Watchmen Offers Us a Squid Pro Quo

This week’s Watchmen, “Little Fear of Lightning”, gives us backstory on Looking Glass, as well as a LOT of worldbuilding.

It’s my favorite episode so far.

Last Week, On Watchmen:

So let me begin with a confession: I utterly missed the fact that the opening scenes of last week’s episode were a prologue! Obviously knowing that changes a few things. First, Lady Trieu is either older than I previously thought, or, as I’ve begun to suspect, a clone. Because the “daughter” she brings with her appears to be the same age as the daughter we meet later on, who should be the same person who’s being fed nightmares that are, I’m assuming, memories of the original Lady Trieu. I’m guessing she’s been cloning herself and replanting the memories for a while now? And that now she’s finally able to pull the trigger on the scheme she’s working on with Will Reeves, which most likely involves a much harsher form of reckoning for the crimes the U.S. committed against Vietnam and against the Black American community.

I’ve also seen speculation that Veidt sections might also be happening on a different timeline, and that he might be the glowing orb that crashes to the ground on the Clark’s farm.

Which, could I just take a moment to doff my metaphorical cap to this show’s baldfaced superhero references? The Clark farm, The Red Scare, Will holding a baby wrapped in a flag, Laurie’s speech about trauma=masked vengeance, Petey being an unabashed nerd, it just adds such a nice spike of pure fun to a very heavy, time-twisty show.

Now, speaking of Veidt, is Trieu the one holding him prisoner? After all, if my clone theories are correct then she could be the mind behind Clone Lake. I’ve begun to hope that all the mentions of Doctor Manhattan are pure red herrings, and that the blue bastard never shows up. (Although that might make me even more sad for Laurie, who already has a lot on her plate.) But I think it would be kind of interesting if Manhattan actually did exactly what he planned, split for another dimension, and if all the humans worrying about him and bandying theories are just, well, adding to a discourse that no longer involves him.

Oh and presumably Joe Keene set up his own assassination.

OK and SOMETHING is up with Cal, right?

Last Week, On Watchmen:

Screenshot: HBO

We open on Hoboken, in 1985. Which means we’re not quite at Ground Zero, but we’re close enough that we see how horrifying the Attack actually was. We then jump back to Tulsa in 2019, where we pick up with Wade, who’s trying to help Angela by asking his ex, Cynthia, to sequence her pills. We get a long, desperately sad glimpse of Wade’s life, where we learn that he’s ruled completely by his terror of the Squid returning. For all that he feels genuine empathy for the Baby Squid, he has engineered his entire life around the idea that one day the Big One might teleport into his dimension again. This is the backdrop for his continued search for the Seventh Kavalry.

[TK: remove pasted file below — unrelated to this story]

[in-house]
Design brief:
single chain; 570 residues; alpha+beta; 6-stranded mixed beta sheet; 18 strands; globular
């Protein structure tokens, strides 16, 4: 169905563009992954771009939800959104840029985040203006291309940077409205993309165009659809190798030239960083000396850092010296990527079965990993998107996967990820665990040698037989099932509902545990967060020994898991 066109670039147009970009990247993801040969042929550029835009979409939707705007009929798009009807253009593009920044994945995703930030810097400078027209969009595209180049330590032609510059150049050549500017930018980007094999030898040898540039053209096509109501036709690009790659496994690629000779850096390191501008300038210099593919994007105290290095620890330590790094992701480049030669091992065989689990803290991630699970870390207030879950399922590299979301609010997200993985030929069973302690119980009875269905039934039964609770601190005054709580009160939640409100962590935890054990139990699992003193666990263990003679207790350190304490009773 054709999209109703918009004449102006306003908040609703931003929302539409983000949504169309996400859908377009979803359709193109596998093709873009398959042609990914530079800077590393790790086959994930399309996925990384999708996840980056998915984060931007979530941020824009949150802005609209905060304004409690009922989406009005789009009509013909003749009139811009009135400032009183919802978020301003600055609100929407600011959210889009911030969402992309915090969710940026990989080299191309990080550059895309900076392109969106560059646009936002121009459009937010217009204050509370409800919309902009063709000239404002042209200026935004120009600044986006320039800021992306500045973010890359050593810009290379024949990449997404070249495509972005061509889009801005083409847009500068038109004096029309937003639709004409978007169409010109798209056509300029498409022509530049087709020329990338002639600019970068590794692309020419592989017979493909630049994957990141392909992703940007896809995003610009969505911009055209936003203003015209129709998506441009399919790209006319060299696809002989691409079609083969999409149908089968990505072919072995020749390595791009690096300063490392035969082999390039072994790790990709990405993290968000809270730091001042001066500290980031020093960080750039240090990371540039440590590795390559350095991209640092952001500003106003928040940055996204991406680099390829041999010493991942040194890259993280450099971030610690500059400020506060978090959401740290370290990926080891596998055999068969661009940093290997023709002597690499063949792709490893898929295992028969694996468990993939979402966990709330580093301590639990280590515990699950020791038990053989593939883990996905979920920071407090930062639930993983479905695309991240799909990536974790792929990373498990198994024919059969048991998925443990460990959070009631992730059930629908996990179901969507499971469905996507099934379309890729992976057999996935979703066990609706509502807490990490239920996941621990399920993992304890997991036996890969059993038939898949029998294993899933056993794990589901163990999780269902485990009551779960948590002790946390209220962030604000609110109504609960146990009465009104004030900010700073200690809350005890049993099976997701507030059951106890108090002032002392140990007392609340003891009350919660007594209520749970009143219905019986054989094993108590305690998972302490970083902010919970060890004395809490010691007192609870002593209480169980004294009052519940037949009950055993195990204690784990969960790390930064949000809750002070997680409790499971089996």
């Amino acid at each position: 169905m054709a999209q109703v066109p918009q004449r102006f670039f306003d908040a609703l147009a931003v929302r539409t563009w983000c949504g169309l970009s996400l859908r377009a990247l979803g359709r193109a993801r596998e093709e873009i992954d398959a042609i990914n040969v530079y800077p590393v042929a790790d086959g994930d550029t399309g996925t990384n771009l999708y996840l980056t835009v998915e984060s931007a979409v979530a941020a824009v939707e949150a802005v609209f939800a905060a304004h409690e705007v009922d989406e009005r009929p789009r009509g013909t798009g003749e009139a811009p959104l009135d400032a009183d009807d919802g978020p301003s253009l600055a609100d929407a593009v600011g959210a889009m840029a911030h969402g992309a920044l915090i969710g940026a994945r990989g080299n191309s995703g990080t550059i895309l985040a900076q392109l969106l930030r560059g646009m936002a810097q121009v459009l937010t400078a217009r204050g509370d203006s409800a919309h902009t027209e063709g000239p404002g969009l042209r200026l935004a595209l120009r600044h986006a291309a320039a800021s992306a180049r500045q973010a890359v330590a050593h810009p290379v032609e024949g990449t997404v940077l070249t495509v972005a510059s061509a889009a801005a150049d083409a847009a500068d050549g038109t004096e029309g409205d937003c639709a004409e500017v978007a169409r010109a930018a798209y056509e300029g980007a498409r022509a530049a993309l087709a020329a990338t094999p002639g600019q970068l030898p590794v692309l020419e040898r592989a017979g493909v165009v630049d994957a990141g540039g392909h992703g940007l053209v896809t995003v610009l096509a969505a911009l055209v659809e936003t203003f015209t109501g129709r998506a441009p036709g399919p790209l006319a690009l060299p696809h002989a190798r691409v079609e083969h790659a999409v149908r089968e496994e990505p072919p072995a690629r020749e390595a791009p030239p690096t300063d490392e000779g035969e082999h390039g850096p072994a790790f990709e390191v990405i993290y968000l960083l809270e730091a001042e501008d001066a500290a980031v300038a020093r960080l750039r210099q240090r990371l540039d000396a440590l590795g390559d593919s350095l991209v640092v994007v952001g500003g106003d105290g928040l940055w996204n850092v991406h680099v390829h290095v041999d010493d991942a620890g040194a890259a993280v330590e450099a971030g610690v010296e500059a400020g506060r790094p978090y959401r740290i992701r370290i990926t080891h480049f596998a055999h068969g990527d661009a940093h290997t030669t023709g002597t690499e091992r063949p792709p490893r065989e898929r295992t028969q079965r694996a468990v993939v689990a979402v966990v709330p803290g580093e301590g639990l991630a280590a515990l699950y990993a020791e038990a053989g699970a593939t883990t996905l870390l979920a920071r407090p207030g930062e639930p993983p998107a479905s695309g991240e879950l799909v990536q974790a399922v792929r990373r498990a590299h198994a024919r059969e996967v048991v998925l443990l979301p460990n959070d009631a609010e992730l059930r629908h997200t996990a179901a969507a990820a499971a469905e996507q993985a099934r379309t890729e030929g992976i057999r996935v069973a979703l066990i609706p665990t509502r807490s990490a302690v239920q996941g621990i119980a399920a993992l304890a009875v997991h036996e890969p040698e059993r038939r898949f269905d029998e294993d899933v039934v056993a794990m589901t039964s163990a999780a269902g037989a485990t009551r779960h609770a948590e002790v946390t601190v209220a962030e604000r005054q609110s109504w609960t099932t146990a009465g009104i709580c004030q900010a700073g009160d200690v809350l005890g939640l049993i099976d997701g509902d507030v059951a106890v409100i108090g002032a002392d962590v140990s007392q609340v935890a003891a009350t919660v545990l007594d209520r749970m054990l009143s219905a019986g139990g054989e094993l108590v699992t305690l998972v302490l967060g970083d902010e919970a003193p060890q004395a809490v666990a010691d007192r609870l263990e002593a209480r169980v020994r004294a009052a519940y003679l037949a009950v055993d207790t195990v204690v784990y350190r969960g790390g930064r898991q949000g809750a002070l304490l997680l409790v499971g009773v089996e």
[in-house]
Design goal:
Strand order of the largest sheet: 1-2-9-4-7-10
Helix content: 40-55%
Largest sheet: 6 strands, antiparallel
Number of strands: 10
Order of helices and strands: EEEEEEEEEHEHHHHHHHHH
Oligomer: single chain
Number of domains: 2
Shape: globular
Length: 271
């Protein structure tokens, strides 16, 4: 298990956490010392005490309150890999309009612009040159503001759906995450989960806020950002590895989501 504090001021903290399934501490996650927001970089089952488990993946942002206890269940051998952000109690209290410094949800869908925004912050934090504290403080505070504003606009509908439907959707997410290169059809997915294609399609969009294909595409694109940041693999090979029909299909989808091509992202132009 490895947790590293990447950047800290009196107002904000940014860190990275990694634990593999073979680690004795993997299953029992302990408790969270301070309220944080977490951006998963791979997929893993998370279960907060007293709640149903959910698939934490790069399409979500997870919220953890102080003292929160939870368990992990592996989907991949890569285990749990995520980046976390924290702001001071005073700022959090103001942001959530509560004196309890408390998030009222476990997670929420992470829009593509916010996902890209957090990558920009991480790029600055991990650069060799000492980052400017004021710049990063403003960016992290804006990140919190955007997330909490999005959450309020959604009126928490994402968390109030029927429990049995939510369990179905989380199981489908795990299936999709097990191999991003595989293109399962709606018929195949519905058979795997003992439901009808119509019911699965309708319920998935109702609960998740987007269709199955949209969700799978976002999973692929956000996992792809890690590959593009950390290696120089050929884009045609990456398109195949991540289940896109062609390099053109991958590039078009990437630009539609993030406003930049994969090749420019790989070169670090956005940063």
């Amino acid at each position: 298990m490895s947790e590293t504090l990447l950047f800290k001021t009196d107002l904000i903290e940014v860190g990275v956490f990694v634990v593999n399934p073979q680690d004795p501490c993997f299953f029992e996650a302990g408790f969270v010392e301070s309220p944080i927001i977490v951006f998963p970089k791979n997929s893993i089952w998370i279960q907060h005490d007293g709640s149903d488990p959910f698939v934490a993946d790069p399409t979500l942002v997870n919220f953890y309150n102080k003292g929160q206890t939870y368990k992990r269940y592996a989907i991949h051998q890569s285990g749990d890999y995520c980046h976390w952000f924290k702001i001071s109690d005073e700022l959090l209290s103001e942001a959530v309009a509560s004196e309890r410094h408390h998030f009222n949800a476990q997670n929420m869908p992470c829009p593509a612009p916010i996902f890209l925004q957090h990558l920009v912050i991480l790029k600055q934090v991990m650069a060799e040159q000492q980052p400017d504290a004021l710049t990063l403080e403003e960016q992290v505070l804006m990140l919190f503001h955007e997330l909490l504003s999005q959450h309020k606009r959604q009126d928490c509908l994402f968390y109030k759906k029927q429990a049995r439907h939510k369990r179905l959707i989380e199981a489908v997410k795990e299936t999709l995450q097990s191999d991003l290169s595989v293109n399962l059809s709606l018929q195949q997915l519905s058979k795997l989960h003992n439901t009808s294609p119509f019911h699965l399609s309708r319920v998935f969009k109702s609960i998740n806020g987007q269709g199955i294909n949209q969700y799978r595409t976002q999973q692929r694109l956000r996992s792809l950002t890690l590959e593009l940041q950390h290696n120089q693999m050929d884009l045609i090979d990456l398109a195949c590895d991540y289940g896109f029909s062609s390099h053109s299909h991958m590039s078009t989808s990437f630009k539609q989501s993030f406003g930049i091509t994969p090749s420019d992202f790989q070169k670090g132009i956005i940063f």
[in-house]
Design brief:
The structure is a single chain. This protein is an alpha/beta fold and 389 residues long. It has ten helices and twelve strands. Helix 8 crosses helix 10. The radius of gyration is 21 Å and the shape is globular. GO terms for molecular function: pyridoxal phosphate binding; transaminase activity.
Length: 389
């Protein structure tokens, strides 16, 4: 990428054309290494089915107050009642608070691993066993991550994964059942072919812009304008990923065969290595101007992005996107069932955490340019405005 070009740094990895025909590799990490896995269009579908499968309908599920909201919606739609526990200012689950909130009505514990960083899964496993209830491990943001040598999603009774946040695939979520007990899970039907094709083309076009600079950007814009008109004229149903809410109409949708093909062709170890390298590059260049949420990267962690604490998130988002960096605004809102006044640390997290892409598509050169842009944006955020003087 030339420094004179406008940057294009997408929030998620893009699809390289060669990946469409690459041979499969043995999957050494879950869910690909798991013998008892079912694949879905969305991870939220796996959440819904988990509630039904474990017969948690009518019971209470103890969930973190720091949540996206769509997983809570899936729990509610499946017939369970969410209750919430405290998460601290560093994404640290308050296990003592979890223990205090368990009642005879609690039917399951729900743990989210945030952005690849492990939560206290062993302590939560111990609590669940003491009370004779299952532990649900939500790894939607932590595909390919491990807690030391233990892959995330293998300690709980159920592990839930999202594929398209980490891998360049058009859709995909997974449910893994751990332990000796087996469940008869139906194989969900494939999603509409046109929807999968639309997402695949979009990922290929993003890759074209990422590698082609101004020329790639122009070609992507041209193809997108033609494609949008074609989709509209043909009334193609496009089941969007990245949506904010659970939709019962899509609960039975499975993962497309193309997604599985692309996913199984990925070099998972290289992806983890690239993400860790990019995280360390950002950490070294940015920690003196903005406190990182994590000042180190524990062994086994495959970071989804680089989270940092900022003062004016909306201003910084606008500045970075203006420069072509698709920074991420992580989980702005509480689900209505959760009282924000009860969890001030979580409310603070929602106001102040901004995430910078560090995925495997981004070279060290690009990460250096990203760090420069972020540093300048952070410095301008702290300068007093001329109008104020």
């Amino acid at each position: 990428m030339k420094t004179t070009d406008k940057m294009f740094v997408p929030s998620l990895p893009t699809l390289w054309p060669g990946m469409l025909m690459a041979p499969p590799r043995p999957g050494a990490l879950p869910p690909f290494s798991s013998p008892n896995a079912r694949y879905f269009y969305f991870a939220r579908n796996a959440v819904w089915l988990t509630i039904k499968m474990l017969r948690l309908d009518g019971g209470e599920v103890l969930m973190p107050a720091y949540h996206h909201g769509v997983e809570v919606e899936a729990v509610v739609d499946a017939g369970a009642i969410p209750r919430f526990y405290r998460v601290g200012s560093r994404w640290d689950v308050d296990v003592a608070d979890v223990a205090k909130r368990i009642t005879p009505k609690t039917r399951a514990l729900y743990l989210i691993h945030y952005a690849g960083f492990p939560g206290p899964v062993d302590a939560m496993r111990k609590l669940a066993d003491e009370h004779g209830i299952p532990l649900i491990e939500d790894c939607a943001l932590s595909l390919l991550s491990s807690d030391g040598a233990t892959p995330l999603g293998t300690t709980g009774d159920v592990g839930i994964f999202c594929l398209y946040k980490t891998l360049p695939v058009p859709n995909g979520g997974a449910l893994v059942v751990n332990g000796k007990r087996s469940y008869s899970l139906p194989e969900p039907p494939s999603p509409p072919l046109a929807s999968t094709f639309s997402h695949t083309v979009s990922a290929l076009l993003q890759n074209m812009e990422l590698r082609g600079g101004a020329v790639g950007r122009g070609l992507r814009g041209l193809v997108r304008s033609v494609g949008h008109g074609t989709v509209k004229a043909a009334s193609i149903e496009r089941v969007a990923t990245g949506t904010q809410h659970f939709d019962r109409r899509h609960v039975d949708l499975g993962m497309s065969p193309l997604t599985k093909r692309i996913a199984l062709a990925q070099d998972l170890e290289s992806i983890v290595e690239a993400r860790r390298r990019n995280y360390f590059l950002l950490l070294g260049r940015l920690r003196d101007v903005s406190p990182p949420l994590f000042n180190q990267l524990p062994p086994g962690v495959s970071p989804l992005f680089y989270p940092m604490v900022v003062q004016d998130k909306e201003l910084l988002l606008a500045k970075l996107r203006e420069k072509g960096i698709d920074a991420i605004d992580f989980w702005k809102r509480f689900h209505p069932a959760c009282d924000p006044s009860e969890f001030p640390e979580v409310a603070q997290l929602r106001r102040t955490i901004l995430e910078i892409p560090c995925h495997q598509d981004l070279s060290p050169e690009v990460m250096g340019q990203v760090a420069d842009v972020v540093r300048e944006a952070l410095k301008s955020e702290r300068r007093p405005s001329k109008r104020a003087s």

We also check in with Veidt, and get considerably more context on what’s going on with him. More in spoiler territory below!

Here Be a Black Freighter Full of Spoilers:

Screenshot: HBO

As I said, this week was almost entirely a Looking Glass episode.

It turns out the Young Wade was a Jehovah’s Witness, and was in Hoboken in 1985. He was trying to evangelize as midnight approached, but instead was sexually assaulted and had his clothes stolen by a punk girl. Because of this, he was trapped naked in the Hall of Mirrors. Because of that, he didn’t die. But he’s lived the rest of his life in utter fear. The image of Young Wade, naked, screaming “WHAT HAPPENED???” as the camera pans back to reveal the Squid in Manhattan, may be one of the best pieces of television I’ve ever watched.

This episode also turns into a surprisingly nuanced look at trauma, fragility, and religious belief—and how it can transmute into other types of belief.

Once we’re back in Tulsa we see that Wade has a squid shelter, that his wife left probably because of the fear, that he runs a group for “Friends of Nemo” that has pamphlets titled “Extra-dimensional anxiety and you”—Wade never could get away from the pamphlets it seems. Also everyone refers to Squid Attack Day as 11/2, so that was fun. (Speaking as a person who, no joke, finished my first-ever read of Watchmen on 9/09/01.) This episode does an impeccable job of showing us what life is like in a world that lived through that kind of event. The way the trauma still affects people thirty years later.